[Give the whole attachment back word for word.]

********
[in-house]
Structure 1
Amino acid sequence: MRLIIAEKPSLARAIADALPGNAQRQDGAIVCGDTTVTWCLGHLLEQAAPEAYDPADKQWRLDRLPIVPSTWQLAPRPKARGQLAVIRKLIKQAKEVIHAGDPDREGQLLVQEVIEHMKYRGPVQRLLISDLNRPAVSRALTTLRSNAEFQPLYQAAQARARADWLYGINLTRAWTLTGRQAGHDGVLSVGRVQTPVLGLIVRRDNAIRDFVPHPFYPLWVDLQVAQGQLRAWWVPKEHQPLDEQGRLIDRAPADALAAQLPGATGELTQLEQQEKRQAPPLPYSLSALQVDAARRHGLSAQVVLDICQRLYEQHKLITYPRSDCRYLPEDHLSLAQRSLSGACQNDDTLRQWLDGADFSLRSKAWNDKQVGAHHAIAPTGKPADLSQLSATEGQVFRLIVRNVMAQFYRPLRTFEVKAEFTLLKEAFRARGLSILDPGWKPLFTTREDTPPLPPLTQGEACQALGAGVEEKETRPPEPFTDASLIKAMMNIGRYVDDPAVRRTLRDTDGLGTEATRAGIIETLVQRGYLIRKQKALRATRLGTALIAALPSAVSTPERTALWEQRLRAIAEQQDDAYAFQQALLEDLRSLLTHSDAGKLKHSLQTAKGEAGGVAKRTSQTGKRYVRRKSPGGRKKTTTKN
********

[in-house]
Structure 1
Amino acid sequence: MRLIIAEKPSLARAIADALPGNAQRQDGAIVCGDTTVTWCLGHLLEQAAPEAYDPADKQWRLDRLPIVPSTWQLAPRPKARGQLAVIRKLIKQAKEVIHAGDPDREGQLLVQEVIEHMKYRGPVQRLLISDLNRPAVSRALTTLRSNAEFQPLYQAAQARARADWLYGINLTRAWTLTGRQAGHDGVLSVGRVQTPVLGLIVRRDNAIRDFVPHPFYPLWVDLQVAQGQLRAWWVPKEHQPLDEQGRLIDRAPADALAAQLPGATGELTQLEQQEKRQAPPLPYSLSALQVDAARRHGLSAQVVLDICQRLYEQHKLITYPRSDCRYLPEDHLSLAQRSLSGACQNDDTLRQWLDGADFSLRSKAWNDKQVGAHHAIAPTGKPADLSQLSATEGQVFRLIVRNVMAQFYRPLRTFEVKAEFTLLKEAFRARGLSILDPGWKPLFTTREDTPPLPPLTQGEACQALGAGVEEKETRPPEPFTDASLIKAMMNIGRYVDDPAVRRTLRDTDGLGTEATRAGIIETLVQRGYLIRKQKALRATRLGTALIAALPSAVSTPERTALWEQRLRAIAEQQDDAYAFQQALLEDLRSLLTHSDAGKLKHSLQTAKGEAGGVAKRTSQTGKRYVRRKSPGGRKKTTTKN